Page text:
The Resonance Effect, How Frequency Specific Microcurrent is Changing Medicine
The “Resonance Effect” by Carolyn McMakin
Excerpts from the review:
Chiropractic doctor Carolyn McMakin’s book “The Resonance Effect” – North Atlantic Books – adds an interesting dimension to the hidden in plain sight world of microcurrent. According to the author, this could possibly be the way to change the face of medicine with Frequency Specific Microcurrent (FSM). McMakin’s book subtitle “The Resonance Effect, How Frequency Specific Microcurrent is Changing Medicine” is interesting. It somehow implies that the physics of resonance easily translate into healing for her and her clients.
Branding her kind of microcurrent as “frequency specific” sparks interest, especially in regards to recent advanced microcurrent Russian research. As a result, this seems timely and a great reason to read this book review. The notion of using specific frequencies for specific ailments is very compelling. Some form of electrotherapy having been around for thousands of years. In the 1920s, the West favored pharmaceuticals and disavowed electrotherapy. However, the author’s emphasis on frequencies may delude us. One of her claims is that even with the simplest microcurrent device you can have the same stupendous results as everyone should know and understand.
Let’s be practical here. A total medical reset is necessary across the planet. The questions are numerous. But, is McMakin’s work the only representative of the most up to date research in microcurrent, or simply a rehash of the other electrotherapy from bygone years? And what about the millions currently funded by the pharmaceuticals with microcurrent implants?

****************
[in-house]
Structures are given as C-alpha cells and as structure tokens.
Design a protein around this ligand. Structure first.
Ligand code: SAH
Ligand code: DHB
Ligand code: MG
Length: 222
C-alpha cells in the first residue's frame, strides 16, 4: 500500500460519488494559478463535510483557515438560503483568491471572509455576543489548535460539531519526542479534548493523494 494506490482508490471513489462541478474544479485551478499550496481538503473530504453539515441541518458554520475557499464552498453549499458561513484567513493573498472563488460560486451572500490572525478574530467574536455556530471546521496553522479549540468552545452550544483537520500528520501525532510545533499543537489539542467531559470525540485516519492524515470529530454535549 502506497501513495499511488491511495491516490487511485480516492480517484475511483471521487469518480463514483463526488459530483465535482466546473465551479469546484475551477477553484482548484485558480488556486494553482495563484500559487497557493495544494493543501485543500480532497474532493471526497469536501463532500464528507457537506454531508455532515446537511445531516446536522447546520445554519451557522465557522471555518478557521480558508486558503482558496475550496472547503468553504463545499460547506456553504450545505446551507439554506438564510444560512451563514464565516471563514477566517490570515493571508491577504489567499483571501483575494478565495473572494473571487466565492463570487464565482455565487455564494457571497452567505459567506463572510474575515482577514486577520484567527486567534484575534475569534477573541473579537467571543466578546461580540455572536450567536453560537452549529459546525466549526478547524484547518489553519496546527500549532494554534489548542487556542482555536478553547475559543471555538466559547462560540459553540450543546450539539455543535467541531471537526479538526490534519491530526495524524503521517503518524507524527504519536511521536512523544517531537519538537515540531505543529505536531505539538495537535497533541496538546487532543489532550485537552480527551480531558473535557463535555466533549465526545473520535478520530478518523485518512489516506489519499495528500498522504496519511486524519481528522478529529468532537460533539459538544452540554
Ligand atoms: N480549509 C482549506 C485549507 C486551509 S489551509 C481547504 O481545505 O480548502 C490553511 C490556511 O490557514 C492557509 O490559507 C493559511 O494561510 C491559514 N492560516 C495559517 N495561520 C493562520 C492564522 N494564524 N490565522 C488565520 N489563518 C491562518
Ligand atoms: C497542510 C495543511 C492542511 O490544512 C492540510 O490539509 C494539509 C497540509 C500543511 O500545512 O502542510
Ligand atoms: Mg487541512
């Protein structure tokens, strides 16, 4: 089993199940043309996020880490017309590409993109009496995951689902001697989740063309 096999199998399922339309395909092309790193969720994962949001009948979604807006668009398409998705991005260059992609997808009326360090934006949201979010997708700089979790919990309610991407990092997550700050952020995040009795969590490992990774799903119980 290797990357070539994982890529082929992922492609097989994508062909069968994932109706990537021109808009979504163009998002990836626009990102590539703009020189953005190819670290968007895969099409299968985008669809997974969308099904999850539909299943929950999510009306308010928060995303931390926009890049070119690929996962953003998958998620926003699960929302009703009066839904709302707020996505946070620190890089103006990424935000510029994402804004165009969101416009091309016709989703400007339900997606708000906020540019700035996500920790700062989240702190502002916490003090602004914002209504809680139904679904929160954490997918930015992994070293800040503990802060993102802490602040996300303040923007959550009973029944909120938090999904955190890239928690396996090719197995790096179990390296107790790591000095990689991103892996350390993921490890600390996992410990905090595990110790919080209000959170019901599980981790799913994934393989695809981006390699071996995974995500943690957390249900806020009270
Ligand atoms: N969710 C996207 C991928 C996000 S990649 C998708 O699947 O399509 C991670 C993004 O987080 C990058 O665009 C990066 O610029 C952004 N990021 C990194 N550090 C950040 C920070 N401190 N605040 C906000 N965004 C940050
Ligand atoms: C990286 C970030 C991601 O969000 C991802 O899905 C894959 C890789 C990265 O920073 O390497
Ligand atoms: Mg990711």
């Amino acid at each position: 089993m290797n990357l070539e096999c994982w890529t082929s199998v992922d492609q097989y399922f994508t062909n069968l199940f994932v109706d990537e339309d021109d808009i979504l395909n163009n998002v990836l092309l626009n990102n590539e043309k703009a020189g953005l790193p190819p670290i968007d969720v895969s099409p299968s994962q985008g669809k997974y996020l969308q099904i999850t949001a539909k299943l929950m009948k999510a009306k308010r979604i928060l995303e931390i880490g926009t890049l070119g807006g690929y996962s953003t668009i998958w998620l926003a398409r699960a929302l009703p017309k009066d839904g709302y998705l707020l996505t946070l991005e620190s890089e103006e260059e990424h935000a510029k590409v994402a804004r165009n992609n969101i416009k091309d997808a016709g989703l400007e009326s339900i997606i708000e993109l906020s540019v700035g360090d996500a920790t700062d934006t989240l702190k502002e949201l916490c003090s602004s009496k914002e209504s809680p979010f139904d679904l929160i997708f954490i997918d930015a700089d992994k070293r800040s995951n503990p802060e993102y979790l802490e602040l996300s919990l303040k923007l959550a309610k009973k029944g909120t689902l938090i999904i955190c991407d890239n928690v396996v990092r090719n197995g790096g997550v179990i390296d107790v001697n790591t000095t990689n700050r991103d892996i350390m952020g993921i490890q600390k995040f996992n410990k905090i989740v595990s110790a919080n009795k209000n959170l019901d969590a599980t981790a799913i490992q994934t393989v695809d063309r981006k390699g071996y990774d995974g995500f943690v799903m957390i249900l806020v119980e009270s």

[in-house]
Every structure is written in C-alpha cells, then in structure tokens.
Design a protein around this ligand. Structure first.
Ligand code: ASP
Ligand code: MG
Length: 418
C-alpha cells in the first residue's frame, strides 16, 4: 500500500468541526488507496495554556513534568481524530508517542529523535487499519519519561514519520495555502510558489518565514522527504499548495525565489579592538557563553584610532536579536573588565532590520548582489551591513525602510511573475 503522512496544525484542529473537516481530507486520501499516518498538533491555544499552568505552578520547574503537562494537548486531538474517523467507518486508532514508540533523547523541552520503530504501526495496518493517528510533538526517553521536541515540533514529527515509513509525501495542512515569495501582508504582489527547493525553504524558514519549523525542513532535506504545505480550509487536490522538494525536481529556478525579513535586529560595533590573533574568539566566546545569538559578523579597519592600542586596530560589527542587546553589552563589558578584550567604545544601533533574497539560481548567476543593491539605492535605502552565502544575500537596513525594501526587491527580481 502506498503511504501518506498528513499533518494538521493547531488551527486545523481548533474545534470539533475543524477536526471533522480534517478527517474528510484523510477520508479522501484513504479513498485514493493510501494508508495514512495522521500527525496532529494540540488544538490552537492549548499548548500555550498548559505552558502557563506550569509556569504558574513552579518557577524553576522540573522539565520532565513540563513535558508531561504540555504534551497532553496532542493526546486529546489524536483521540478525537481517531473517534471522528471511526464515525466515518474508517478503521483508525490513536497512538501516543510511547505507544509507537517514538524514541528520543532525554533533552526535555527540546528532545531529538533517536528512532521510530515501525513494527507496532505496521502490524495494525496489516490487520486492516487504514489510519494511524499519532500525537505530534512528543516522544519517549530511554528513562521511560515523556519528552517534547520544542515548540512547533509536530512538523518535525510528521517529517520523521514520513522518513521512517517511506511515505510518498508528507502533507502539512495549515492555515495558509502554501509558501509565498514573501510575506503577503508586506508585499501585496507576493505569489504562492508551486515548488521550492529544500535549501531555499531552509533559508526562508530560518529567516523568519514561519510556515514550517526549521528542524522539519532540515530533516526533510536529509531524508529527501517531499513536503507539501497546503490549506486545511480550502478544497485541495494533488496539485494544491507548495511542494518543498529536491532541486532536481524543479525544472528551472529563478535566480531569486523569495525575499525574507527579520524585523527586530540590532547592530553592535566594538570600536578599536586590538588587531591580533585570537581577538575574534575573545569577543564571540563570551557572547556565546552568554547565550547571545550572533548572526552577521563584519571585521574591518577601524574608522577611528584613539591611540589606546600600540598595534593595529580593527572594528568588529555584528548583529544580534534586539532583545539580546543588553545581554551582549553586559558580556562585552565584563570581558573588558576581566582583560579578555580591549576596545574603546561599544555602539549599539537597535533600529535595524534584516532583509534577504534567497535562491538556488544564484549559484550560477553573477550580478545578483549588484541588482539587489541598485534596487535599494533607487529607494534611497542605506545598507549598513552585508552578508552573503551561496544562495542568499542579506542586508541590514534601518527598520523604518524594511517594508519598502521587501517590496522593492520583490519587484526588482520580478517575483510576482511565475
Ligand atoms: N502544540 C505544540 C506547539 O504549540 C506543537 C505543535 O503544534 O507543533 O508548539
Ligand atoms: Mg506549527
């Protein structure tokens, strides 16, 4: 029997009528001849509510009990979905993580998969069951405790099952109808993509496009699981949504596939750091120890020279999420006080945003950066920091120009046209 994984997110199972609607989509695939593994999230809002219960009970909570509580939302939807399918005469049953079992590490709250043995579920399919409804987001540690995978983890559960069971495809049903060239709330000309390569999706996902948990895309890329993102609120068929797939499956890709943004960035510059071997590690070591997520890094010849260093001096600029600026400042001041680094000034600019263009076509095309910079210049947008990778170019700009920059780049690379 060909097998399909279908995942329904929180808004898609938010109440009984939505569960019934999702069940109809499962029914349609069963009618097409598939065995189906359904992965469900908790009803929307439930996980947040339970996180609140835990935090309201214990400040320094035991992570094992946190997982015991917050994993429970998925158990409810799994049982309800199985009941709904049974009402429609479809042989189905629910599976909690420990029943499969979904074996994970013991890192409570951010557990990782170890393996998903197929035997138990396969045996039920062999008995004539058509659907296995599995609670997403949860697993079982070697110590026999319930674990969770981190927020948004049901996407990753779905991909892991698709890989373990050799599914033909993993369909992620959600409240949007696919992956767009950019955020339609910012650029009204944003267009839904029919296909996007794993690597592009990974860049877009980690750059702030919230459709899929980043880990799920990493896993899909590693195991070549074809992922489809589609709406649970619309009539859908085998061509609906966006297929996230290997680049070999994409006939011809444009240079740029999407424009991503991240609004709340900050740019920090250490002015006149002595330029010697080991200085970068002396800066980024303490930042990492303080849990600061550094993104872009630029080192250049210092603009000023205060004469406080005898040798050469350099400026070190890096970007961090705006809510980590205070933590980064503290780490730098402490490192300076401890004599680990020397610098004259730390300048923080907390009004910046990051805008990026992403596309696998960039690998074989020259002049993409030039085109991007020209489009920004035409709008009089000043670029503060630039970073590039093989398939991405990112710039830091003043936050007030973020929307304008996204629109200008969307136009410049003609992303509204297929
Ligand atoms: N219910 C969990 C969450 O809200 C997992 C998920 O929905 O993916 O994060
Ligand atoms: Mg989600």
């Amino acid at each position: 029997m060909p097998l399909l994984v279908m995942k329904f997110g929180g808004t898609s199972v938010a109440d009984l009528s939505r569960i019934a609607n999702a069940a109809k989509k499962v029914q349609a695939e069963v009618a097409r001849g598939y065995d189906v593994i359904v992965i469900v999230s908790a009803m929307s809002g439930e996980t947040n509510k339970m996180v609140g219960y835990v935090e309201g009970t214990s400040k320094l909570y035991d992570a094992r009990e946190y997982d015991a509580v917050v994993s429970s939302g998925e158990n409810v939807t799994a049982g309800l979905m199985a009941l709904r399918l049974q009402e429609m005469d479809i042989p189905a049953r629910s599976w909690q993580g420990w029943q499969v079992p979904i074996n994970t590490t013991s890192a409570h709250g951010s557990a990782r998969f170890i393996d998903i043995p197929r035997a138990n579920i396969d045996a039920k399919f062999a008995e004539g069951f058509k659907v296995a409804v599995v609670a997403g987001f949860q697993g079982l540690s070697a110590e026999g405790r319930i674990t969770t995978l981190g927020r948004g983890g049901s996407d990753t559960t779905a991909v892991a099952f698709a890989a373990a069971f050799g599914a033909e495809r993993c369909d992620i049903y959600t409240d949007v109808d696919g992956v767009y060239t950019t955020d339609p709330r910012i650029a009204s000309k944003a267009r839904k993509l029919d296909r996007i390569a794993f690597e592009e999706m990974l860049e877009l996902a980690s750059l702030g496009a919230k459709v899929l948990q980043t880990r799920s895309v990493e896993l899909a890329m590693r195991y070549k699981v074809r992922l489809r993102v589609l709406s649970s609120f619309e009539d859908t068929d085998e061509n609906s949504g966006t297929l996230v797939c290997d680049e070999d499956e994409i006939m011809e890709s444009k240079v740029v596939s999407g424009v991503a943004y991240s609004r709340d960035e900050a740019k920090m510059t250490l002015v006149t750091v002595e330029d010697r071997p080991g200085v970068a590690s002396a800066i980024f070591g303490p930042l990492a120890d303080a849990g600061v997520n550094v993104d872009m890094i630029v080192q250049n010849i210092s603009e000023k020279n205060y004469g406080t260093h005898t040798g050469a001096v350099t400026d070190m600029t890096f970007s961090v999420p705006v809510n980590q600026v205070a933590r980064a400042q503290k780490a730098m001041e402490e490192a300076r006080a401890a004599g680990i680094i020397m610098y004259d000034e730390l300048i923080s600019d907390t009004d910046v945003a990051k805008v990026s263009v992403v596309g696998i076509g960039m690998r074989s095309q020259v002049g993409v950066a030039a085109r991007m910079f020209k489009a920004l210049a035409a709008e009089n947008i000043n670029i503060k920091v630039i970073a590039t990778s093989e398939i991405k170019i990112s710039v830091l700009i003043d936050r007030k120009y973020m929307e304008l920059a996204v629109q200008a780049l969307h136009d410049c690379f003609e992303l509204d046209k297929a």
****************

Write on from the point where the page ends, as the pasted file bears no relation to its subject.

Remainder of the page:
A look at the history of electrotherapy
McMakin’s hardly mentions the other volumes of research that has been accomplished in the worldwide. So, lets fill in that gap right now. The history of electrotherapy shows that electrotherapy goes back a long way in history. Possibly originating from thousands of years in the Orient, to second emperor of Rome Numa Pompilius who built himself an electricity lab. Furthermore, it was used in ancient Rome of shallow ponds with electric eels to cure depression and lethargy.
Maybe like Numa Pompilius had found already, in the 1880’s batteries created a dependable source of electricity which made electrotherapy thrive in the early 1900. However, what happened to it? As a result, what makes Google tell us only about “funky looking electrical equipment that fell out of use in the 1940?”
The author gives an answer. All blame goes to the above mentioned Flexner Report. In fact, as early as 1910, it began to streamline medicine into a corporate moneymaking enterprise. Eventually, it outlawed electrotherapy devices, (and squashing not only electrotherapy but everything non pharmaceutical or “alternative”, then in use, “like homeopathy”), in favor of surgeries and drugs. In addition to this, it forbidded doctors to use electricity for healing. As a result, this forced electrotherapy to go underground and creating a huge disconnect….
If you want to know more about the resonance effect and gain more knowledge about the latest in FSM microcurrent, read our full book review here.
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